Denise Morrison said the challenges the industry is facing are not going away.

BOCA RATON, FLA. — Give Denise Morrison, the Campbell Soup Co.’s president and chief executive officer, credit. During her company’s presentation at the Consumer Analyst Group of New York conference on Feb. 18, she did not equivocate about the current state of the consumer packaged goods sector. She confronted the issue head on and left no doubt the marketplace her company, as well as many others, are competing in is in the midst of dramatic change.

“We are contending with what I’ve previously characterized as seismic social shifts that are redefining the fundamental framework in our relationships with customers and with consumers,” she said. “They include, for example, major demographic changes not only in the rising importance of new consumer populations such as Latinos and the millennial generation, but also revolutionary changes in the definition and composition of the family that bear witness to a world of increasing diversity, new economic realities and powerful social transformations such as mushrooming numbers of adult-only households, single-parent households, multigenerational households, multicultural households and same-sex households, all of which eat and shop differently than the traditional family as our industry long defined it.”

In the midst of the redefinition of the traditional family, Ms. Morrison said Campbell Soup also is confronting “profound shifts in consumers’ preferences and priorities with respect to food.” The shifting preferences include increased interest in fresh foods, a renewed focus on health and wellness, and mounting demands for transparency.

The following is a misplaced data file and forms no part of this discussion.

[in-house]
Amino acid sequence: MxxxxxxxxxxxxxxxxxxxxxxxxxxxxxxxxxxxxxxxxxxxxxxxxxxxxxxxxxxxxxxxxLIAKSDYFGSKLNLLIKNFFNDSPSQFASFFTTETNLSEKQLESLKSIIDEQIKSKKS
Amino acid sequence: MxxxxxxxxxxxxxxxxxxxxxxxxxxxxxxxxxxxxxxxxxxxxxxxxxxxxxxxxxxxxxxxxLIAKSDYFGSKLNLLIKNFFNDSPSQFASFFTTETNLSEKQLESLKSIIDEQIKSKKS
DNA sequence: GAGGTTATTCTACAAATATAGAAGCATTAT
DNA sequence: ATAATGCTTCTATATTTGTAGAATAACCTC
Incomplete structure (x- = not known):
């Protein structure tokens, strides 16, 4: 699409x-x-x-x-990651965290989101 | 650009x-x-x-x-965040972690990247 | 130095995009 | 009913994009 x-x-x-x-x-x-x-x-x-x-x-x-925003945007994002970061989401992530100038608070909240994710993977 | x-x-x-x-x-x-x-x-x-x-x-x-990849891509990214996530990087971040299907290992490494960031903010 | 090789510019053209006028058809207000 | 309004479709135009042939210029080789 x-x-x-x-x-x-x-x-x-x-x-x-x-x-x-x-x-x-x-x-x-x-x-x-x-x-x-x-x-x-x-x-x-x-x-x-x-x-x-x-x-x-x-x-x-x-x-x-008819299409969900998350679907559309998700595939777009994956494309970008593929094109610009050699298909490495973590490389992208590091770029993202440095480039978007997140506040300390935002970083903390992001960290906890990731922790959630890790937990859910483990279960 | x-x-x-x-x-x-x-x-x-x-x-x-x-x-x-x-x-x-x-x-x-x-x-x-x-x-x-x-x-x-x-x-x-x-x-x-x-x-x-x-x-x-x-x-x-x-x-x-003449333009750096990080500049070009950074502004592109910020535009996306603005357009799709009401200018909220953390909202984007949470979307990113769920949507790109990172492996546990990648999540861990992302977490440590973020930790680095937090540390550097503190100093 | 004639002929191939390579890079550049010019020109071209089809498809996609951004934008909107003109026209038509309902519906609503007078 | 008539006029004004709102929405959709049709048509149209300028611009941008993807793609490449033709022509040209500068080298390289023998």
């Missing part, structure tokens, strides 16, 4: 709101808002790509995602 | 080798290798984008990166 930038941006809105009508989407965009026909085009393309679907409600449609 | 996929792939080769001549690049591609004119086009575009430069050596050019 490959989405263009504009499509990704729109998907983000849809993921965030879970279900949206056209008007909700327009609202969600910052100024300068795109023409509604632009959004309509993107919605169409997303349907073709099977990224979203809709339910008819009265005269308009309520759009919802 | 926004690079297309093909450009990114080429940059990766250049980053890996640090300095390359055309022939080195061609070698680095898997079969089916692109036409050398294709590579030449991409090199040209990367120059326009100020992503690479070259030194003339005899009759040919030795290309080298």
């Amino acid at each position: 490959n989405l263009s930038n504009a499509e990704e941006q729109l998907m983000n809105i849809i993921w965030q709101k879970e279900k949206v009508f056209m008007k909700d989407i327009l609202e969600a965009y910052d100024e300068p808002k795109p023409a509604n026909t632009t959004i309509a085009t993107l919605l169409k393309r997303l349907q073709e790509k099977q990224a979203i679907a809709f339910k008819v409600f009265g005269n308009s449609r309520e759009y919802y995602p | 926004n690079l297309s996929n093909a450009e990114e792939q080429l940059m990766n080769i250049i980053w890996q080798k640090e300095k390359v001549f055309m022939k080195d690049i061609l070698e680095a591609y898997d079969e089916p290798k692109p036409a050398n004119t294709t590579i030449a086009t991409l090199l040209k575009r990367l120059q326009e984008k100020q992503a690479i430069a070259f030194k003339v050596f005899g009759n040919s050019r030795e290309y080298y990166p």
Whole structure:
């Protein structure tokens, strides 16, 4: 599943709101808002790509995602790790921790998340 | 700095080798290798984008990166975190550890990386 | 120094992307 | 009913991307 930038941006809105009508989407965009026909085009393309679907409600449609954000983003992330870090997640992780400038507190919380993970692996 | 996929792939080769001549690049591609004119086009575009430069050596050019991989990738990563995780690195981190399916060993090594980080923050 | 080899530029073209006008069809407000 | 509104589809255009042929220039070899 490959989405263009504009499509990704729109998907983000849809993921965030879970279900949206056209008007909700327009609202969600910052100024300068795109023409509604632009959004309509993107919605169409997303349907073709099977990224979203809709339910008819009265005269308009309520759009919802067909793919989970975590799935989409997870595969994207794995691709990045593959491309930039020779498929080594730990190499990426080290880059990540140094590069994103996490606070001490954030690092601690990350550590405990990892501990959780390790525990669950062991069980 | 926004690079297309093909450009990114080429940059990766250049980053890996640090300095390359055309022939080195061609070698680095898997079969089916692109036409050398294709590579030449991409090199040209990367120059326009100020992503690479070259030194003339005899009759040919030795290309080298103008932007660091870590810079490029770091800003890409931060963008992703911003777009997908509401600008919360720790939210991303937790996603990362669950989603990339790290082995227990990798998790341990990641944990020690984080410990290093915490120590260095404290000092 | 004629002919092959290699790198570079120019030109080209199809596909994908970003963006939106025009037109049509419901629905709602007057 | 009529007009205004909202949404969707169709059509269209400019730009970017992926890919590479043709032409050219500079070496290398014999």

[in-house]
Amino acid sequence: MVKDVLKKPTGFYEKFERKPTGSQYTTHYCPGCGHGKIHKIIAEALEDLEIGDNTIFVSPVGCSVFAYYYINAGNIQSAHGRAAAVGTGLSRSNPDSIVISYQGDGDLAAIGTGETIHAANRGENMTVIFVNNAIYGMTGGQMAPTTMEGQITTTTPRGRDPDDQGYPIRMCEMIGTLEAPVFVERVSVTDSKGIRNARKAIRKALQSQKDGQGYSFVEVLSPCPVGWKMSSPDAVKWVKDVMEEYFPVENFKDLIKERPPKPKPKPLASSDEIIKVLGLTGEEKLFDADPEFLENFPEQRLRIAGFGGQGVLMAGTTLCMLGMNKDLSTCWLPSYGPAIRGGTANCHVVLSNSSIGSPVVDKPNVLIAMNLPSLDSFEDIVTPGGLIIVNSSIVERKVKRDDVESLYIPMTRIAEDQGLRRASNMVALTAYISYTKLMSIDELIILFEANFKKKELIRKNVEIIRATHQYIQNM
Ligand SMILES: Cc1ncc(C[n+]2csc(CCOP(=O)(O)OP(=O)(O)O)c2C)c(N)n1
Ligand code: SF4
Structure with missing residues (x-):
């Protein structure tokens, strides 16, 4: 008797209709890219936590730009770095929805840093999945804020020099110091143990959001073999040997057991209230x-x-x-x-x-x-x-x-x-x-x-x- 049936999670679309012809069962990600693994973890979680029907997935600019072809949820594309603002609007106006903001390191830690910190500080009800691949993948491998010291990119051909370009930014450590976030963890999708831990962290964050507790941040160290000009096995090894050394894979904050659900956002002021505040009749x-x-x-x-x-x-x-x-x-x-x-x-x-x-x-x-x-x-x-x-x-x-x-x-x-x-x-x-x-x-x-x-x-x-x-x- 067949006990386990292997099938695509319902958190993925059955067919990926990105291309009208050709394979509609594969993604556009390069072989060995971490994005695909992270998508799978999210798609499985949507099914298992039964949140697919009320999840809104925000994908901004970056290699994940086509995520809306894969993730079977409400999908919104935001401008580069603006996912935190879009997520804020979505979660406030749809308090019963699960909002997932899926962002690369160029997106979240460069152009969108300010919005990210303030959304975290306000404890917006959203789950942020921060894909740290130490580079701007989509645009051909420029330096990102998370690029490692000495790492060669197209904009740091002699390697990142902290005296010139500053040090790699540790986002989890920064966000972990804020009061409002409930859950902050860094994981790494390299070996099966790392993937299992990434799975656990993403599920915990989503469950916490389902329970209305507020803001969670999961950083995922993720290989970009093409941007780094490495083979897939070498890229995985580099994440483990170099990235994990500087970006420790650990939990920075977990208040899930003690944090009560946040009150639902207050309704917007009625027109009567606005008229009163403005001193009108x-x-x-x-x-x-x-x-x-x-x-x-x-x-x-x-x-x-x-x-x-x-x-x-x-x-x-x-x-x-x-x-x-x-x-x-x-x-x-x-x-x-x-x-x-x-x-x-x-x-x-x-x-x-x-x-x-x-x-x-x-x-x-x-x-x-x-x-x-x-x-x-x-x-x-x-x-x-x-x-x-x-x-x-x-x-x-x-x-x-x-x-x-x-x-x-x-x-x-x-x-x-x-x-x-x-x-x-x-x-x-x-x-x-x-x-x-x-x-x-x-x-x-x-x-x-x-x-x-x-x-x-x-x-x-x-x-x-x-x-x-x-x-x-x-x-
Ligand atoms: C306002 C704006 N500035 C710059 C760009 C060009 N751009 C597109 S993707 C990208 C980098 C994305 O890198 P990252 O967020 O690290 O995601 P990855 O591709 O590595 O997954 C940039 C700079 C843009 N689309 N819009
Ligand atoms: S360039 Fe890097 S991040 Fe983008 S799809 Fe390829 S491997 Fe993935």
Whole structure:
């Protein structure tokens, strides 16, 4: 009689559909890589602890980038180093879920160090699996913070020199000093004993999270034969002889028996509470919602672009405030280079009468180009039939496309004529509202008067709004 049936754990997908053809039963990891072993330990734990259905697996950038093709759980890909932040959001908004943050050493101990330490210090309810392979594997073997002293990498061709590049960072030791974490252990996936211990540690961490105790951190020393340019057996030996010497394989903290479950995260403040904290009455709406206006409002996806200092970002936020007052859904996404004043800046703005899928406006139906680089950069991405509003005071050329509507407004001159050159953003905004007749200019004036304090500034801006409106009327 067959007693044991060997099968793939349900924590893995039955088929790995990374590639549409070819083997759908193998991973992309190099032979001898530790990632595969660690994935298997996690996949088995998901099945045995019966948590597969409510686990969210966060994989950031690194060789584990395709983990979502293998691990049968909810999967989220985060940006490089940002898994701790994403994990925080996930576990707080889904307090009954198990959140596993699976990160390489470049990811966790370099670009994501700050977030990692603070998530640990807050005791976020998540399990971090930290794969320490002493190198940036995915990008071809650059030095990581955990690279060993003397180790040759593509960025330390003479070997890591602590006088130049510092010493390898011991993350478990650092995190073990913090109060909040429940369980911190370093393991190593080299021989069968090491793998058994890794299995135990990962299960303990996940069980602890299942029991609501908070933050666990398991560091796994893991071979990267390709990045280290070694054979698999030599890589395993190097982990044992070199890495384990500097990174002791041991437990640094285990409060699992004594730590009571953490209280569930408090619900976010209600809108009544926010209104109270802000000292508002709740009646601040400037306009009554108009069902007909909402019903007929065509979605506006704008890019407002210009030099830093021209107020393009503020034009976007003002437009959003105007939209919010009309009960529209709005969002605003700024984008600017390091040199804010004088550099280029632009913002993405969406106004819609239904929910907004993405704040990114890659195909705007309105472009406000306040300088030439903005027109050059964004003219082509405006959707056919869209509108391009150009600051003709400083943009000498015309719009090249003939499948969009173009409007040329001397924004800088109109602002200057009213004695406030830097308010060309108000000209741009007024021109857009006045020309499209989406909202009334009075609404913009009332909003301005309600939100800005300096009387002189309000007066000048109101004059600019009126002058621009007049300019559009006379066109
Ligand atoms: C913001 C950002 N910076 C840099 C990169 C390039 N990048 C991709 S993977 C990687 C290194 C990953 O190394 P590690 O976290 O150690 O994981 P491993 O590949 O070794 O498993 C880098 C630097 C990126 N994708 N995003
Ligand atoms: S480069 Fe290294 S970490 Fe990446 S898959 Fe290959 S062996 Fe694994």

“And along with this, as all of you know, has come a mounting distrust of so-called big food, the large food companies and legacy brands on which millions of consumers have relied on for so long,” she said.

Ms. Morrison added that how consumers learn about food and beverage products is changing as information is communicated more quickly through digital technologies. This access to information, in turn, is changing how consumers shop for food.

“We are seeing significant pressure on mainstream food products, on traditional channels, including traditional grocery stores; the continuing rapid growth of alternative channels at the expense of grocery stores, a value in premium offerings at the expense of the middle range, and of the retail perimeter at the expense of the center store,” she said. “And of course we are also witnessing a major global economic realignment with a shrinking middle class in developed markets and continuing robust growth of the middle class in developing markets.

“These trends are converging to forge what is really truly a new era in the food business. They produced a persistently challenging environment for packaged food companies in the past several years and they are not going away.”